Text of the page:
This isn’t a regular development news so much as a general rambling on my efforts as a game developer. I don’t expect everyone to read every word, so the important parts will be written in bold.
Shipyard was released as a “tech demo” exactly two years ago today. Since then, its development has been a slow, meandering journey wherein I think up new features that would be cool to have, and pile them on haphazardly. I’ve often taken long breaks from development because I wasn’t inspired around any particular feature at the time, and equally often I’ve tried to implement awesome-sounding features before the game is ready for them (cough shuttles cough).
A couple days ago, I was discussing game design with my good friend and fellow game developer Shayne Hayes (www.shaynehayes.net). Even though I’ve been doing this for longer by a couple years, he already has two complete games to my zero, and during that discussion I realized why. When he started his games, he started out with a clear idea of what he wanted those games to be, and all he had to do was implement it. On the other hand, when I started Shipyard, I set out with a grand vision but no concrete plan. As a result, I ended up bumbling around, making stuff up as I went along. If game development were a road trip, then my friend started out with a map and a list of directions, so all he had to do was drive from point A to point B. I, meanwhile, set off with nothing but a sense of adventure, and ended up driving in circles. It’s become clear to me now that this style of development is not going to work if I want to get anywhere as a game developer, and I’ve decided to make some big changes.
After Alpha 1.0, Shipyard is going on indefinite hiatus.
I still have every intention of finishing Shipyard, but after the next big update, I’m going to shelve it until I have a clear plan regarding what I want it to be, and how I’m going to get there. When I finally return to it, development should be much quicker because I’ll have a concrete goal to work towards. I’ll know what I want from the game, I’ll know what I don’t want from the game, and it will just be a matter of making it happen.
In the meantime, I’m shifting focus to smaller, simpler projects.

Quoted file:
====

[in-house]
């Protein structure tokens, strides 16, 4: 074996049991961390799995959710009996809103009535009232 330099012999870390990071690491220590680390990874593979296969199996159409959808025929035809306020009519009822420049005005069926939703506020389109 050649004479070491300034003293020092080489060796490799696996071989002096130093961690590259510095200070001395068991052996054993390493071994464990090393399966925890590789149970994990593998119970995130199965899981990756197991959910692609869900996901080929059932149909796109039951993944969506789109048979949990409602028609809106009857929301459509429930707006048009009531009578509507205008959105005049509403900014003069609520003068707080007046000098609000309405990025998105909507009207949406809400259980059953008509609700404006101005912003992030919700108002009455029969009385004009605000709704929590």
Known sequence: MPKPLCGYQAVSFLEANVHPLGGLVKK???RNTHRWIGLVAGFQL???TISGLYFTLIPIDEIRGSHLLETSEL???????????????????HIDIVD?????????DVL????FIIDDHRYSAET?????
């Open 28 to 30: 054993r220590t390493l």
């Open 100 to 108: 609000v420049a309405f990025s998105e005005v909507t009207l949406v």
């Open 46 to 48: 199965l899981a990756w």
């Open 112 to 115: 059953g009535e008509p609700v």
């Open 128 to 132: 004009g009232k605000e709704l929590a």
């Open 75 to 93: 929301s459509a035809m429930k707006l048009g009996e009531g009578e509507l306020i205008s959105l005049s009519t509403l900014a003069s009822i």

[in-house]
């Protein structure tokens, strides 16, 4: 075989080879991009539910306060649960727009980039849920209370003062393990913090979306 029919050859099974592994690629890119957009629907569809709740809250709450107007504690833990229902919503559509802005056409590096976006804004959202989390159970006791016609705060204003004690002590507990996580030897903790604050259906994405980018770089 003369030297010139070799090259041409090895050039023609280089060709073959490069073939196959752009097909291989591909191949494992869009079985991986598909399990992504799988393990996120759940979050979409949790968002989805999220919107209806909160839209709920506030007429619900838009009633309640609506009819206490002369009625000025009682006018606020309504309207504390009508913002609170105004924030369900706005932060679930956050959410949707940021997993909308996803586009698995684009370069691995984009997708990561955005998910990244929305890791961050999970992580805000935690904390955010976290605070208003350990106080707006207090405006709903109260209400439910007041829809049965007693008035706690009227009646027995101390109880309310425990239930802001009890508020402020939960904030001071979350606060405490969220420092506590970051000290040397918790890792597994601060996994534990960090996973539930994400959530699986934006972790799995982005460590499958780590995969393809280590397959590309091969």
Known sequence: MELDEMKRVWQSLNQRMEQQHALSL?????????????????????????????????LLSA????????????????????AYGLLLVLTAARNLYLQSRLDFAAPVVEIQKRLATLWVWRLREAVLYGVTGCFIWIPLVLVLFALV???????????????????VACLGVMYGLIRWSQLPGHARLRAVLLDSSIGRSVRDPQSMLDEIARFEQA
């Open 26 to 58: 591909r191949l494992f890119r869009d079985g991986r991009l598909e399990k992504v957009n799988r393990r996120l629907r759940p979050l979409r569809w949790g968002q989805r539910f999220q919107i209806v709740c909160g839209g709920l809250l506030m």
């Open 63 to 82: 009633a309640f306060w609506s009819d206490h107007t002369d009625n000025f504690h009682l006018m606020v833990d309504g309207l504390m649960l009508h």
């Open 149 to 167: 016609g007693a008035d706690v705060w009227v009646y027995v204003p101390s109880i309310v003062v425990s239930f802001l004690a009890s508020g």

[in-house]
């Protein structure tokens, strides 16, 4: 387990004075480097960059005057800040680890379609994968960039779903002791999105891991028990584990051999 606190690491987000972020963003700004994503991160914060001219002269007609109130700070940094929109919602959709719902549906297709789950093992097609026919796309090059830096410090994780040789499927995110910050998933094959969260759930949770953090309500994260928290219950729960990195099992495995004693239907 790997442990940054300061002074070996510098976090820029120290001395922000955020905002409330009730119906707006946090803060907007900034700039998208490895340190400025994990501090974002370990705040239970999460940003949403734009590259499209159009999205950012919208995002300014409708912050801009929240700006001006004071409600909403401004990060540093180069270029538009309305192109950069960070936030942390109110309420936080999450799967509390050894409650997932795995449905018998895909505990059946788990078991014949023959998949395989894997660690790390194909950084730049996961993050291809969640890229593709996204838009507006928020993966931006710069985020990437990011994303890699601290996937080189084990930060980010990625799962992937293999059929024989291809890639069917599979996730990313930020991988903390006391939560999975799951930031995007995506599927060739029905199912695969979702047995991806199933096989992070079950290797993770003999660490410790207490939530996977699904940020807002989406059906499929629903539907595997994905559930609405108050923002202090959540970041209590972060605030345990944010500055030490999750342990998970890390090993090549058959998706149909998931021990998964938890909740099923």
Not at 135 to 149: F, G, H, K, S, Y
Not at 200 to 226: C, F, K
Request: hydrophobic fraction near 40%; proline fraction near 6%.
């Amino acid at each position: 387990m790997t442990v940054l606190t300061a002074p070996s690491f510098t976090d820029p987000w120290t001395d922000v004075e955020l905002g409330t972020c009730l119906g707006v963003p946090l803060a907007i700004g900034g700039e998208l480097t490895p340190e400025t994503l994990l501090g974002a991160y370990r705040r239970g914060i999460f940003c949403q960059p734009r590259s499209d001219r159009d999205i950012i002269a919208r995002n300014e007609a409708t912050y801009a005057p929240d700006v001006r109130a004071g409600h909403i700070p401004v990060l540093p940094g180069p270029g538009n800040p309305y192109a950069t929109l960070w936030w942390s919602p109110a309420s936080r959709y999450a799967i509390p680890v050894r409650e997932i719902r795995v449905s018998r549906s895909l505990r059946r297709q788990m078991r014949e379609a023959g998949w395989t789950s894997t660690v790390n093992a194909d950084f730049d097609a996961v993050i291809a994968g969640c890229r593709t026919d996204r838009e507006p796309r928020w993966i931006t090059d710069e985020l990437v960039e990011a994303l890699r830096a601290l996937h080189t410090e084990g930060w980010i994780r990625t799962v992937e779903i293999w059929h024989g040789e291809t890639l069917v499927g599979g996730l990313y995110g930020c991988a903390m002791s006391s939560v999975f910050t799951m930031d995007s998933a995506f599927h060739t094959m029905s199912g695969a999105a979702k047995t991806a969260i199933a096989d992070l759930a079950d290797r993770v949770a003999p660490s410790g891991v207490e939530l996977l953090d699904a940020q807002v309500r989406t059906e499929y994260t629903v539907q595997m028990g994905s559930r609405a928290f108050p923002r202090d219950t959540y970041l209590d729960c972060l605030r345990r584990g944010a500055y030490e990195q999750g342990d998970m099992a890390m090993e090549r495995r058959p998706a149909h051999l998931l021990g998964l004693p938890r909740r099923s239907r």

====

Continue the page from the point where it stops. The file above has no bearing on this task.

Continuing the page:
When I first started Shipyard, I was a novice programmer, and it was that skill that was the bottleneck in development. Now, my coding talent is much more mature, and it’s the lack of design focus that’s holding me back. So, while I take the time to decide what I want from Shipyard, my efforts will be shifted to smaller games–games that I can design, program, and release in a matter of months rather than years. That way, I can build a repertoire of finished projects to show for all my years of development.
I’m going to start selling games.
No true artist wants to charge for their work. In a perfect world, basic needs would be taken care of and we could all do what we love because we love it, and nobody would need to charge for anything. However, this world is far from perfect. I’m starting college in less than a month, and here in America that isn’t cheap. Plus, I can’t mooch off my parents forever. Even if I could in the practical sense, I don’t want to become the stereotypical nerd who lives in his mom’s basement until he’s forty. As stated on my “About” page, it was always my intention of making games as a career, not just a hobby, and I hope to move Brass Watch Games in that direction over the course of the next year. If memory serves, I promised that Shipyard would always be free, and I plan to uphold that. However, any new developments in the foreseeable future will be released for profit.
That’s it for now, folks. I hope you understand the reasoning behind my decisions, and I’m excited to see what the future holds for me as a game developer.